A toddler killed by his mother had been taken off the child protection register, it has emerged.The BBC report is very bland and matter of fact about the story:
Sean Denton, died aged 18 months in Barnet, north London, in October 2007, and his mother Amanda Adams killed herself shortly afterwards.
It is thought it happened after she learned her partner Mark Denton had committed suicide.But there are clues that this is yet another case of ‘child protection’ as utter failure:
Barnet Council said Sean's parents had previously both been convicted of manslaughter in 1999.I love the way that’s just thrown in there, almost as an afterthought. And no details of who they killed or why are given.
But the ‘Sun’ reports, they were also junkies. In fact, the ‘Mirror’ gives even more details of the case that throw a very different light on the story:
Amanda, 30, and Mark, 35, together killed a squatter in a violent row in 1999 - and were each sentenced for manslaughter. Amanda was jailed for life, Mark received a lesser sentence - but both were released after just five years.Cheers, justice system!
Until now, the tragic circumstances of Sean’s death have been kept quiet. His parents met in rehab in 1999. Amanda, whose father killed himself when she was just eight years old, was known to authorities as a troublesome teenager whose mother couldn’t control her.Oh, yeah, these are sterling examples of parents, aren’t they?
When she and Mark came out of rehab they were homeless and lived in a squat. They soon spiralled back into a life of drink and drugs. It wasn’t long before they killed a fellow squatter and were jailed. They were released in 2004 and the following year they got back together. Amanda then fell pregnant with Sean.
The authorities were so concerned that Sean was placed on the child protection register even before his birth. But, astonishingly, the decision was made to take him off the register when he was just a few weeks old because he was healthy and there were no signs of abuse.
So, back to the Beeb:
A spokesman for the council said the authority would have acted if they had known Mr Denton had died as his death had a "profound" affect on the child's mother.Or to paraphrase: ‘Oh, come on! How could we possibly predict that these people might not be up to the demanding task of looking after a child?’ Perhaps because, as Dumbjon points out, their own outlook is so often skewed a few degrees off true...?
A Serious Case Review was launched into Sean's death by the Safeguarding Children Board.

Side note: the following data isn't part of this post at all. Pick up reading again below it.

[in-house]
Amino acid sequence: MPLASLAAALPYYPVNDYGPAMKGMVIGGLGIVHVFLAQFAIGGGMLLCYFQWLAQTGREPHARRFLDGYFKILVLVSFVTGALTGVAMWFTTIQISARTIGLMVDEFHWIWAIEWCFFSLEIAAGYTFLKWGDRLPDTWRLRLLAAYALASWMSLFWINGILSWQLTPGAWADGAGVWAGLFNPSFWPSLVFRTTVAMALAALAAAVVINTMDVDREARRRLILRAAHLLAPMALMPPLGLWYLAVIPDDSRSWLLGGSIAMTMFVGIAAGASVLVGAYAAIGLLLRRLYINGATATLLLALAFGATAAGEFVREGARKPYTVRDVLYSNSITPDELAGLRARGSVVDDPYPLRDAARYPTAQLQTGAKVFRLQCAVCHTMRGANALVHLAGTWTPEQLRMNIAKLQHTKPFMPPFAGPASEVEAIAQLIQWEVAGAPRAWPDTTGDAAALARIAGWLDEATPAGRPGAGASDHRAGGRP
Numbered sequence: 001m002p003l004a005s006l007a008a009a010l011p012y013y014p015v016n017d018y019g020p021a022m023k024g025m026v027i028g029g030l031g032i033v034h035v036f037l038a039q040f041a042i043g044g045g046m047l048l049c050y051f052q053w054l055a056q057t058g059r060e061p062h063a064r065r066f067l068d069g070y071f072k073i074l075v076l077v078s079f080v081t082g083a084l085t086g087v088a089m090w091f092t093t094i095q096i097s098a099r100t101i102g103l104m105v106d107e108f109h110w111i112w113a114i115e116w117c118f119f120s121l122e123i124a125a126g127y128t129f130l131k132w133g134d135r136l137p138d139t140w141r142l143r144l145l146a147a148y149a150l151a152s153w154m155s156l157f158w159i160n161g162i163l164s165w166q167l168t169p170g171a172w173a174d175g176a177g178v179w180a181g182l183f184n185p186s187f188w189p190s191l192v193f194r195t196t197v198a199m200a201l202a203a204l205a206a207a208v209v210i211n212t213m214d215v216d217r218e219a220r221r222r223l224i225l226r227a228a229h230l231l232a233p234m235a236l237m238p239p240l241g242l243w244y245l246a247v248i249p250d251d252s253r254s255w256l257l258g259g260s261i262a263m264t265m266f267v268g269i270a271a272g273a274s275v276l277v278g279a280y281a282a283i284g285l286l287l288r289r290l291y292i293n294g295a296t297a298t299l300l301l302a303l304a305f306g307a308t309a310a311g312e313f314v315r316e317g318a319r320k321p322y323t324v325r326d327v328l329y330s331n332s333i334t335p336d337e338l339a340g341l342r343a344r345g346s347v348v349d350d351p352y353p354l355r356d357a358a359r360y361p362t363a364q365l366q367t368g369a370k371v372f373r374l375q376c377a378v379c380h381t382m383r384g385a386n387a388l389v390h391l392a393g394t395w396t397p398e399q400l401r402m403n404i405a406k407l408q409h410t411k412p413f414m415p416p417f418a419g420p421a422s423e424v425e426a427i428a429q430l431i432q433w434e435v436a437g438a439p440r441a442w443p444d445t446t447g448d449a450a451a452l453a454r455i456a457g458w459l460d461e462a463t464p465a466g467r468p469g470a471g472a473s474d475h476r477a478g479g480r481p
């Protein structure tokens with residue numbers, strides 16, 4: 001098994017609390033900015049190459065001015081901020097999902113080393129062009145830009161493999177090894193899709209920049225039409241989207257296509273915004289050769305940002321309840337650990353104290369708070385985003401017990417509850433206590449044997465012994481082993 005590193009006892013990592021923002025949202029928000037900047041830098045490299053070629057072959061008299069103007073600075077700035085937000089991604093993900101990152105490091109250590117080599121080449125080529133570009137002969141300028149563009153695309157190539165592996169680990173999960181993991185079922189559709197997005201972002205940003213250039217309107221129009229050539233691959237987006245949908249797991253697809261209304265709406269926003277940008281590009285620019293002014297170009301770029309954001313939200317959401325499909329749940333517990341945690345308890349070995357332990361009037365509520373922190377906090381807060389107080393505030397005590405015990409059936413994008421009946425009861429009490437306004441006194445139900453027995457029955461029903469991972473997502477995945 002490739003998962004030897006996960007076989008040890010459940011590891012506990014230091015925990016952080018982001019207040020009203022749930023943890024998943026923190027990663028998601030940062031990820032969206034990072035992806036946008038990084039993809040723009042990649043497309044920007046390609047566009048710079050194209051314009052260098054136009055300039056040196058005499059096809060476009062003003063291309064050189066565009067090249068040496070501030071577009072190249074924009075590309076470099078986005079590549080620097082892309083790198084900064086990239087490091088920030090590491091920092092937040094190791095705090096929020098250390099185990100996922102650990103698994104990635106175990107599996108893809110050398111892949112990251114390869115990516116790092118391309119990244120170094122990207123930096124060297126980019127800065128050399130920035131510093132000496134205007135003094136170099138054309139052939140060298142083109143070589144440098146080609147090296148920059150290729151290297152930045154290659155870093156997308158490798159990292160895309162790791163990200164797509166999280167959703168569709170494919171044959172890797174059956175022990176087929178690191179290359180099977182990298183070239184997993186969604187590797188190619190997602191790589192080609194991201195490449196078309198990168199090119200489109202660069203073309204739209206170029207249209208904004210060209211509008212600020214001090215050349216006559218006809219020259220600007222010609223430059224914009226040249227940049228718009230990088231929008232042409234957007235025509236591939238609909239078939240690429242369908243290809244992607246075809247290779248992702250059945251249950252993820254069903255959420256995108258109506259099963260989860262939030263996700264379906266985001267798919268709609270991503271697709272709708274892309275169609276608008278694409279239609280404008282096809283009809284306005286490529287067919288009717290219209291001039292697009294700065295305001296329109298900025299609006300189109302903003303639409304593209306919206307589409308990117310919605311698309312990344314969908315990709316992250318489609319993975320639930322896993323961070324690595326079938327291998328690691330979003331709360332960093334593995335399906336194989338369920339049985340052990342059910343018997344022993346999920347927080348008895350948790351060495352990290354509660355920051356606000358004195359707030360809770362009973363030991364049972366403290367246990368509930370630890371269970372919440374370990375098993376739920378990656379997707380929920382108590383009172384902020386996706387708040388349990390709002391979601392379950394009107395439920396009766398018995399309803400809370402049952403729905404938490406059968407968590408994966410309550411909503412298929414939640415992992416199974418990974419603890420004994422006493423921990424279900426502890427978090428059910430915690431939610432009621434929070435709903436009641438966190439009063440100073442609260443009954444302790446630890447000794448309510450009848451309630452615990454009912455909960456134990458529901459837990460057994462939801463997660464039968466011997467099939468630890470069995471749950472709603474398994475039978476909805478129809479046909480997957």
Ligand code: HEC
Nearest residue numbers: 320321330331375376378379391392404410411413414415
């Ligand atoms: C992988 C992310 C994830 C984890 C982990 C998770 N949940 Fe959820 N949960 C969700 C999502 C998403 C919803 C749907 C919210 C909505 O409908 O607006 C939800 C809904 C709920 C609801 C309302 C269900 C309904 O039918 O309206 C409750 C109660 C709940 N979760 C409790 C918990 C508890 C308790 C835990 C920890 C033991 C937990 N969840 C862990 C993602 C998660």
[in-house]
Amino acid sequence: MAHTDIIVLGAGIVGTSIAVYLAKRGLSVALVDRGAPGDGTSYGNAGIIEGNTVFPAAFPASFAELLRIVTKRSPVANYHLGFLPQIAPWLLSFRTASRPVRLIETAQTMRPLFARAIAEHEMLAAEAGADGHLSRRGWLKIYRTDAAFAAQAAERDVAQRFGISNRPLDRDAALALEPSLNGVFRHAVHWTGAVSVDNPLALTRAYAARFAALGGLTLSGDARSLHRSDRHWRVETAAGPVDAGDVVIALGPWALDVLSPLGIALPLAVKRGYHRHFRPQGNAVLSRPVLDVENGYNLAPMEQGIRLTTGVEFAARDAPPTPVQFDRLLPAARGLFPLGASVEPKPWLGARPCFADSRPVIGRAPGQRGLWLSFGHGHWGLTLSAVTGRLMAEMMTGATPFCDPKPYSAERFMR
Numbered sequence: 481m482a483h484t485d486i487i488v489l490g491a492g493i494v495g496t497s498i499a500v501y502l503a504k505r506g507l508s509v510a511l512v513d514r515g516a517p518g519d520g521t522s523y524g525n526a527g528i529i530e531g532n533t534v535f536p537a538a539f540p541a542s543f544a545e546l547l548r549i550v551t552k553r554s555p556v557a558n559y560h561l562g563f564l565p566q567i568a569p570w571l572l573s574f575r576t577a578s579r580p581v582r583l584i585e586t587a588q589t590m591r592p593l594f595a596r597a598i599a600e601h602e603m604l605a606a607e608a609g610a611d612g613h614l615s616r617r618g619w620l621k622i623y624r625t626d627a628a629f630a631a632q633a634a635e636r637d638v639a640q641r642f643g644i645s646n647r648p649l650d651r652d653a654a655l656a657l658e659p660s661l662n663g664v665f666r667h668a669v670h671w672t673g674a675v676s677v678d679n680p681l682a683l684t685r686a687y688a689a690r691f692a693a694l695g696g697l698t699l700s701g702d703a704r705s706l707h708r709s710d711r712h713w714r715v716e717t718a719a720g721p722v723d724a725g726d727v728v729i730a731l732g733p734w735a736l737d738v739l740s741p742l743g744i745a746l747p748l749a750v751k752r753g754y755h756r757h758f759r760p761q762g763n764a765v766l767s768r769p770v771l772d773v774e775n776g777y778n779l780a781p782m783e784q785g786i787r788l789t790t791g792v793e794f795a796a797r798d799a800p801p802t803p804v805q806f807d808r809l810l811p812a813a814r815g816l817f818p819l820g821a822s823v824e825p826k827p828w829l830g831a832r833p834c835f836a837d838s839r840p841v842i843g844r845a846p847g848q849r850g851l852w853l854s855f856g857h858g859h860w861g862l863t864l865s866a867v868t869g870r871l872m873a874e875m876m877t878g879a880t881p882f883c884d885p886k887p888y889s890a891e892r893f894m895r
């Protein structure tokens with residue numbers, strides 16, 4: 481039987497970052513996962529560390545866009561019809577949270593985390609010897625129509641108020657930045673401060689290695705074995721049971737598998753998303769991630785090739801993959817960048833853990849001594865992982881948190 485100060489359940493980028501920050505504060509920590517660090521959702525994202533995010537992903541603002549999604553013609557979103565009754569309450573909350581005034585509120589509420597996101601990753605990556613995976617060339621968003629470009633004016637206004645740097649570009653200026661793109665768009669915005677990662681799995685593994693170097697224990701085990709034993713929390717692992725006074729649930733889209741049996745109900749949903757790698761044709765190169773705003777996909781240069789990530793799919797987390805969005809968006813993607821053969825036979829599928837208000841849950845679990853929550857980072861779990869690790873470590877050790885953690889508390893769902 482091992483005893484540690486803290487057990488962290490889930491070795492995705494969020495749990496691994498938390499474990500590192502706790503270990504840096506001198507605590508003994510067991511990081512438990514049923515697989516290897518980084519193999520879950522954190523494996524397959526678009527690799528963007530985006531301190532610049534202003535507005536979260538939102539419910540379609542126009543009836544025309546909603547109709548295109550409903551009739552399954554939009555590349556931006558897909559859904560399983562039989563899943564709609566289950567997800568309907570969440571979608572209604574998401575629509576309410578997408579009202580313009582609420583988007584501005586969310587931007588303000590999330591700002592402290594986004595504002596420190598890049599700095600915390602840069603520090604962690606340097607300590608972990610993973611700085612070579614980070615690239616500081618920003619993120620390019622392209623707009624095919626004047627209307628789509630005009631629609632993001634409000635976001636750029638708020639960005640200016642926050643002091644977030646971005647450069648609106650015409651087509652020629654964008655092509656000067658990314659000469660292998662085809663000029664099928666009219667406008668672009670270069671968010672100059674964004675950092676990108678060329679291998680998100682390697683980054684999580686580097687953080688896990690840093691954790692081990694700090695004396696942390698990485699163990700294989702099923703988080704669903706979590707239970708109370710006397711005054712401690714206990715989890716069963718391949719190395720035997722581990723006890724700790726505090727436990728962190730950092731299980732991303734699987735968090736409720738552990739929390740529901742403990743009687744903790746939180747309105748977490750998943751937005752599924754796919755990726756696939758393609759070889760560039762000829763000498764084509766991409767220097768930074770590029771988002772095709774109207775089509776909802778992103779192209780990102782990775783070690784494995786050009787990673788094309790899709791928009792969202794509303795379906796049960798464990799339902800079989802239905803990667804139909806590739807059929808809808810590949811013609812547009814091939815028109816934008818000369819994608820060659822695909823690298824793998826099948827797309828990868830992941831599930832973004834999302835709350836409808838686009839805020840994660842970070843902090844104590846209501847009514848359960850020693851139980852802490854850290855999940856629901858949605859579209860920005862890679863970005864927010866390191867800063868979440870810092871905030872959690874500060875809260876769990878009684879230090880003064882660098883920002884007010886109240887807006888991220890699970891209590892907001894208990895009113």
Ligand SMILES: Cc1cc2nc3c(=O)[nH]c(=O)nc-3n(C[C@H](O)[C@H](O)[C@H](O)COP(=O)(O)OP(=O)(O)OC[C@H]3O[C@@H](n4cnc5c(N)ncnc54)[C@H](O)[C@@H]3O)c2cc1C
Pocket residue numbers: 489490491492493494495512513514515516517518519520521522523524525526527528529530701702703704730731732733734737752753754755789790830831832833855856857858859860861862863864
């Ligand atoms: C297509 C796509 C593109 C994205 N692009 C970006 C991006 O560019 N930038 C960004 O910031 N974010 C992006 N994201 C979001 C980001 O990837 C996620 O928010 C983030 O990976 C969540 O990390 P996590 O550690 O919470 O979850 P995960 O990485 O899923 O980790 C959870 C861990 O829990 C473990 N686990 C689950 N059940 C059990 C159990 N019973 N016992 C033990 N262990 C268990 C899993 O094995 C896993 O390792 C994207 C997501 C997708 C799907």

A council source said the confidential review found Barnet Council "had behaved appropriately and in line with government guidance in the case."
He added the review found "that it would be unlikely that intervention would have saved his life due to the mothers wish for the family to be reunited in death."
And as far as the Beeb is concerned, that’s it. Case closed, go back to reading about the ‘X Factor’ result, peasants.
But over at the ‘Mirror, things aren’t looking so rosy:
The year-long Serious Case Review, seen by the Sunday Mirror, reveals a catalogue of fatal blunders that led to the child’s welfare being ignored.That’s a lot of agencies…
Mother and baby were being monitored by the Metropolitan Police, London Probation, Barnet NHS Primary Care Trust, Barnet and Chase Farm Hospitals NHS Trust, Barnet, Enfield and Haringey Mental Health, London Borough of Barnet and Barnet Homes and Barnet Children’s Services.
The papers reveal the many mistakes made by the organisations which failed to spot the baby was in danger. They also reveal a complete communication breakdown between the 10 different authorities, including two police forces, which meant Barnet child protection workers were not told of the father’s suicide.Breakdowns in communication? Where have we seen that before?
Oh, right! All the previous failures….
A further independent review slammed officials for painting a ‘positive picture’ of the parents and being ‘overly optimistic’. It said carers did not check records properly and ‘the history of extreme violence was not explored’.One question – are we sure this is even the right report? Or is this just a template given to every authority, to just change the names each time?
Because it doesn’t sound so different from all those other reports, does it? The ones from which the officials always swear they will ‘learn lessons’…
A whistleblower who attended the Serious Case Review was appalled by what he heard.‘Whistleblower’, eh…? Let’s hope this one doesn’t get the same treatment as the last one….
He told the Sunday Mirror: ‘Sirens should have been ringing as loud and clear over this case as possible.’ The review suggested there should have been greater risk assessments and that they should have looked more closely at the history of the parents. If two killer parents with a history of drug and alcohol problems aren’t a risk, I don’t know what is.
’Baby S’s death was completely preventable - no ifs or buts.
The separate, damning independent Overview Review report, by child protection expert Sally Trench said: ‘Previous records were not consulted, extreme violence not explored.Yeah, I just bet she did…
The director of children’s services in Barnet at the time of Sean’s death - Gillian Palmer - has since moved on to work for Greenwich Council in South London.
Yesterday when approached at her home she refused to speak to the Sunday Mirror about the case.
’The whistleblower also said of the Serious Case Review: ‘No one said they were sorry.’ There was an air of regretfulness but mostly people said they did all they could do.’You can now see why the Beeb didn’t want to go into more detail about this case, can’t you?
Then we had an email around warning us not to speak to the Press.’